Guardian

.@Guardian leaves false impression that #Christian population in #Israel has declined


On Monday, July 27th, the Guardian published three reports on the persecution of Christians around the world. 

Two of the reports – including ‘Dying for Christianity‘ by the Guardian’s former Jerusalem correspondent Harriet Sherwood – don’t mention Israel. However, the third report – co-written by several reporters, including the Guardian’s current Jerusalem correspondent  – included a section on anti-Christian persecution (mostly vandalism and arsons targeting churches and mosques) in the Jewish state.

The report included a section on Israel despite the fact that the state was not included in their list (in the report shown above) of top 25 most anti-Christian countries. 

Here’s one passage from Beaumont’s report:

While Christians across the Middle East have come increasingly under assault in recent years – most often by jihadis – the attacks in the Holy Land itself, whose Christian population is dwindling, have a particular resonance

This of course is a rhetorical sleight of hand.  By using the words “Holy Land” instead of “Israel”, he’s able to include the population of Christians in Israel and the Palestinian-run territories.  Since the population of Christians has dwindled significantly in Gaza and the West Bank, the overall population in the “Holy Land” has decreased. However, Beaumont fails to note that the Christian population in Israel itself has increased significantly since the state’s founding.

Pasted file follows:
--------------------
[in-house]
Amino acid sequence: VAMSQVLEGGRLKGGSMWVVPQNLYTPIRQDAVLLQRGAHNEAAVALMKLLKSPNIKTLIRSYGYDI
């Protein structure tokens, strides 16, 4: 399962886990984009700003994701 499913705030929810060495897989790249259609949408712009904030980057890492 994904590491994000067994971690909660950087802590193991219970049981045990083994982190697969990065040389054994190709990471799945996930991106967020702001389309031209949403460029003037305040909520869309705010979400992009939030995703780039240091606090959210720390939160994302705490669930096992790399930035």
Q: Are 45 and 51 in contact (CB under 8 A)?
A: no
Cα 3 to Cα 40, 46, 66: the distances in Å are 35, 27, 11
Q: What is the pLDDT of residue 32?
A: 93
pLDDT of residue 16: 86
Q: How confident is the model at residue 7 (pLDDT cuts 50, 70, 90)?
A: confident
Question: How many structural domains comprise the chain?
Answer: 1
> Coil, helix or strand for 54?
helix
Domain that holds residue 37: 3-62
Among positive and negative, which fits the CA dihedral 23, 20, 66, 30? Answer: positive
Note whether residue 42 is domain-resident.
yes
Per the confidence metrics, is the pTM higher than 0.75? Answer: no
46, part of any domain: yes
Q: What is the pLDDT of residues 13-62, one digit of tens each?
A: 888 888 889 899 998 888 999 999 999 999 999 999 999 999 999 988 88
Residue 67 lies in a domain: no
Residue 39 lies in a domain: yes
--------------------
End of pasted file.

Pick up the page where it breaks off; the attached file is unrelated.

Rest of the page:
According to the Israel Central Bureau of Statistics, there were approximately 34,000 Christians living in Israel in 1949, whereas 161,000 Christians were living in the state by the end of 2013.

Indeed, Israel is the only country in the Middle East where the indigenous Christian population is growing.

Beaumont may not have explicitly claimed that Israel’s population has declined, but that was the clear impression created by the context and the language. So, once again, the Guardian has found a way to obfuscate the Jewish state’s clear progressive advantages in the region.

Freedom House, 2014, Map of Freedom in the Middle East

Freedom House, 2014, Map of Freedom in the Middle East

5 replies »

  1. I noticed that the “Holy Land” segment of the Guardian report moaned about attacks on churches by Israeli extremists whilst remaining silent on the persecution of Christians in Gaza. But then, The Guardian and Hamas are friends …

  2. ” So, once again, the Guardian has found a way to obfuscate the Jewish state’s clear progressive advantages in the region.”

    Doesn’t matter. Almost all of the nearly 2000 below-line comments lambasted Arab and Muslim states over their treatment of Christians with scant reference to Israel.

    On the whole, the Guardian scored an own goal with this article.